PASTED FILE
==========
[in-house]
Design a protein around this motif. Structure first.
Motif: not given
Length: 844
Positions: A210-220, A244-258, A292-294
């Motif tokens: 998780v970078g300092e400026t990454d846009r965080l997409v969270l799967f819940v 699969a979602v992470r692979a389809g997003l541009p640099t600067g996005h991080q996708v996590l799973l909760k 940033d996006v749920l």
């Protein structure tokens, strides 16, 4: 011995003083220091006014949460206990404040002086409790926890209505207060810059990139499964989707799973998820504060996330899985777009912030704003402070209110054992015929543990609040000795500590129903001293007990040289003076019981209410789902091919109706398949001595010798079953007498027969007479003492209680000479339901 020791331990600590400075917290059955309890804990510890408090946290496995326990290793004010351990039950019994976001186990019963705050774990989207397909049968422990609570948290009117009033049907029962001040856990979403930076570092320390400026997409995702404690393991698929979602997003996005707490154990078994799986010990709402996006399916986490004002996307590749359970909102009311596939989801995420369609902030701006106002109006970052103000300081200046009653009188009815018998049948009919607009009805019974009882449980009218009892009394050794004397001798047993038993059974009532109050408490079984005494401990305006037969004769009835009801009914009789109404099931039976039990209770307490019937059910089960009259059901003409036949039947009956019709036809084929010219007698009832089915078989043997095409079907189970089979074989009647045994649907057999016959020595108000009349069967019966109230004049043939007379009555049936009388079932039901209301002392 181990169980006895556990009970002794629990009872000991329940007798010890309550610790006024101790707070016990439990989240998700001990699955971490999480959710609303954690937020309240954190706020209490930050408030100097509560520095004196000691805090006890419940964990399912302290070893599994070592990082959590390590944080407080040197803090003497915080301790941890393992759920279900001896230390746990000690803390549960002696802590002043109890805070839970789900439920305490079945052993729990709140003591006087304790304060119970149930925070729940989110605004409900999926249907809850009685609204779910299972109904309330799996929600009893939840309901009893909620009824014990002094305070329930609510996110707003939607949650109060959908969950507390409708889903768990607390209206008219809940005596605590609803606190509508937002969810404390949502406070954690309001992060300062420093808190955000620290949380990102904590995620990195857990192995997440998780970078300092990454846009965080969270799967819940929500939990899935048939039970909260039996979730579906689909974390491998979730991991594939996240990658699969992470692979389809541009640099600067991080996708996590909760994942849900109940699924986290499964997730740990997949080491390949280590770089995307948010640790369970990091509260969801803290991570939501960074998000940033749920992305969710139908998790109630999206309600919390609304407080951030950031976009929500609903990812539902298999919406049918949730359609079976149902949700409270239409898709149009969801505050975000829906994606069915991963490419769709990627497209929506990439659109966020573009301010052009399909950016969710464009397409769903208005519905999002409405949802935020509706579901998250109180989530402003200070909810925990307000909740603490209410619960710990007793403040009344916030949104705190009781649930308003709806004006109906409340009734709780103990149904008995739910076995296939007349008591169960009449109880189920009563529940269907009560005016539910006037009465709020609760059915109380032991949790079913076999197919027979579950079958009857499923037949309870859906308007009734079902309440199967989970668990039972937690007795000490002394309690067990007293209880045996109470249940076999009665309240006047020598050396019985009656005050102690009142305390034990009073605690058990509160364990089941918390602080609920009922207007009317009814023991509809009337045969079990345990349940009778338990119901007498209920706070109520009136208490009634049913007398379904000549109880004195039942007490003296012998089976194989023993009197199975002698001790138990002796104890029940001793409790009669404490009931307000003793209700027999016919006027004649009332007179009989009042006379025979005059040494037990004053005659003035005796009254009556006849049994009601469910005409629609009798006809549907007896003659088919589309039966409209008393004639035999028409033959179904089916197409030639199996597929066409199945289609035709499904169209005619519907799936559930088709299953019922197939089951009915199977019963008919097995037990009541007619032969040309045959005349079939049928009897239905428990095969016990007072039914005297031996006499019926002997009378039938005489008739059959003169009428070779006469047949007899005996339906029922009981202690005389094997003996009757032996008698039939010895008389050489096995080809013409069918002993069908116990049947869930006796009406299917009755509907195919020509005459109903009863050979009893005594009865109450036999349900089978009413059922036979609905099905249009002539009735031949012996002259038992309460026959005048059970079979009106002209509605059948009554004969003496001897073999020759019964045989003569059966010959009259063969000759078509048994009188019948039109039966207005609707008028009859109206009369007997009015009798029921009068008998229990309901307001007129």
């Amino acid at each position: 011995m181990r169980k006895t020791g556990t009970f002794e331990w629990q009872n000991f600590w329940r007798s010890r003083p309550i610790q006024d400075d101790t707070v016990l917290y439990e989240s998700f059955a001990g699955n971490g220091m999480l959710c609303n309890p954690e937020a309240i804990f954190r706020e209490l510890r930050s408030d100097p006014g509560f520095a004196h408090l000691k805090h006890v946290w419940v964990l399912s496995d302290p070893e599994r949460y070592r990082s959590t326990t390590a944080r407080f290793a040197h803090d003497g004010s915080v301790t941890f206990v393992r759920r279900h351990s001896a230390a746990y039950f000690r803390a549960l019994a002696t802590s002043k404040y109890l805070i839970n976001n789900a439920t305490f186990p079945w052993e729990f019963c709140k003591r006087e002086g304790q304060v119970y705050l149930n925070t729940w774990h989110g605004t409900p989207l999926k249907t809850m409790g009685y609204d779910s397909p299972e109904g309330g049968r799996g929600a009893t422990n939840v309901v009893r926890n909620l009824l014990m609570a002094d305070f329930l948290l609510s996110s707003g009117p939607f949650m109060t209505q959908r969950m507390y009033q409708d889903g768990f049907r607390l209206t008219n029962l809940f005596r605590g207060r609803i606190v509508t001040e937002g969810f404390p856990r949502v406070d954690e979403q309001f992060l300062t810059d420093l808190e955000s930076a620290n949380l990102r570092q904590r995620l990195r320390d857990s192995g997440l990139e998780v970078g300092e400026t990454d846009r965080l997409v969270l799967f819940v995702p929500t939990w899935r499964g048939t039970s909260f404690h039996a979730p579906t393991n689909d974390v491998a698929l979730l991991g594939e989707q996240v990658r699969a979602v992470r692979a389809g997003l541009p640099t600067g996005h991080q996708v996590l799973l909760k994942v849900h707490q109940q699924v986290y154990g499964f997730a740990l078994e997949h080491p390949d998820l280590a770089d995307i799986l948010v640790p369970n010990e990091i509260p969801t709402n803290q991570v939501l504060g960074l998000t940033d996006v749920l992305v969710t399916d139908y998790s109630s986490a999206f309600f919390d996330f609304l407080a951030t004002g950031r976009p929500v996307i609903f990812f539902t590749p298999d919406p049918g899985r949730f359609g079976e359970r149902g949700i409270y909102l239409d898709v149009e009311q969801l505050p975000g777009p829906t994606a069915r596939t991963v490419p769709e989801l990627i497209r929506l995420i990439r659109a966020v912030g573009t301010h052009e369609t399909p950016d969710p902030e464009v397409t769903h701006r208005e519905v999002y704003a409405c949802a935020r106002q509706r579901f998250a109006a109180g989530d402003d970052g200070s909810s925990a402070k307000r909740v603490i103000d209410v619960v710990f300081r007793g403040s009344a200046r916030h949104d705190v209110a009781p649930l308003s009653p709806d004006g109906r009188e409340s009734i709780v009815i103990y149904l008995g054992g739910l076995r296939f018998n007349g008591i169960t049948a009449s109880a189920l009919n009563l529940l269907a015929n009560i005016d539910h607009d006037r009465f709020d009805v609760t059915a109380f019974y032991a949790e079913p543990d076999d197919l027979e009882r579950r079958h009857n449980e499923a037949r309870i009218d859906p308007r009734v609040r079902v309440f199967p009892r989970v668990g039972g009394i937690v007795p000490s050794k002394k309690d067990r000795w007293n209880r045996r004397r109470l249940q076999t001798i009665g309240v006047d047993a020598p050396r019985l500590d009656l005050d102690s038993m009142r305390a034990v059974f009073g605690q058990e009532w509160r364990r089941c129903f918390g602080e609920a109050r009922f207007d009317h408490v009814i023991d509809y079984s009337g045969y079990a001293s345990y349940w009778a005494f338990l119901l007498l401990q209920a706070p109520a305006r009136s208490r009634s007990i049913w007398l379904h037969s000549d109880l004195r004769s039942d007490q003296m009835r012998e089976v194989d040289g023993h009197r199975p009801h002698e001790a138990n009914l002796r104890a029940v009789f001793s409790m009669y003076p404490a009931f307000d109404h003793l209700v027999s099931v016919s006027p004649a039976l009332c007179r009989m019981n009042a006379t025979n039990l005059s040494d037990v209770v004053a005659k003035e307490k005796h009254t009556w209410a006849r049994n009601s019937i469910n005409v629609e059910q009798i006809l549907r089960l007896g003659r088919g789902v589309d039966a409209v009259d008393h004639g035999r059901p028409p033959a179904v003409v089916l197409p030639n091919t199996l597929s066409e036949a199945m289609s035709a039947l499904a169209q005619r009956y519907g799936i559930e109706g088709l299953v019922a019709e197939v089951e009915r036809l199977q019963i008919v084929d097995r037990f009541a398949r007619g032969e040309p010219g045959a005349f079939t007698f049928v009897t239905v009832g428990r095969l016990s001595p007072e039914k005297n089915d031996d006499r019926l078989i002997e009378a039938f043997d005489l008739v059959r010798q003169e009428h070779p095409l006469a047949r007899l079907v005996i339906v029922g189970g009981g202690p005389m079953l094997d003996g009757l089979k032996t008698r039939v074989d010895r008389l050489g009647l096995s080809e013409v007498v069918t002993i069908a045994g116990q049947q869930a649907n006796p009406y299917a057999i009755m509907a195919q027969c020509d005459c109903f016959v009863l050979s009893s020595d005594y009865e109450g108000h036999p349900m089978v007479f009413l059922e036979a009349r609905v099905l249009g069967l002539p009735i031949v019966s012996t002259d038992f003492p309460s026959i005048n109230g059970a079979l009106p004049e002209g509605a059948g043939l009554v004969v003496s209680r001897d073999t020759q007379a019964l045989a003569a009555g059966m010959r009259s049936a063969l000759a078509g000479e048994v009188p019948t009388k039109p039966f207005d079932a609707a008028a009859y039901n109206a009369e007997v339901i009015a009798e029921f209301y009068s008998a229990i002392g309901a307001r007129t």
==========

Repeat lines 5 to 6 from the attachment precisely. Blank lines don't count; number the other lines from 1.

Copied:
Positions: A210-220, A244-258, A292-294
């Motif tokens: 998780v970078g300092e400026t990454d846009r965080l997409v969270l799967f819940v 699969a979602v992470r692979a389809g997003l541009p640099t600067g996005h991080q996708v996590l799973l909760k 940033d996006v749920l």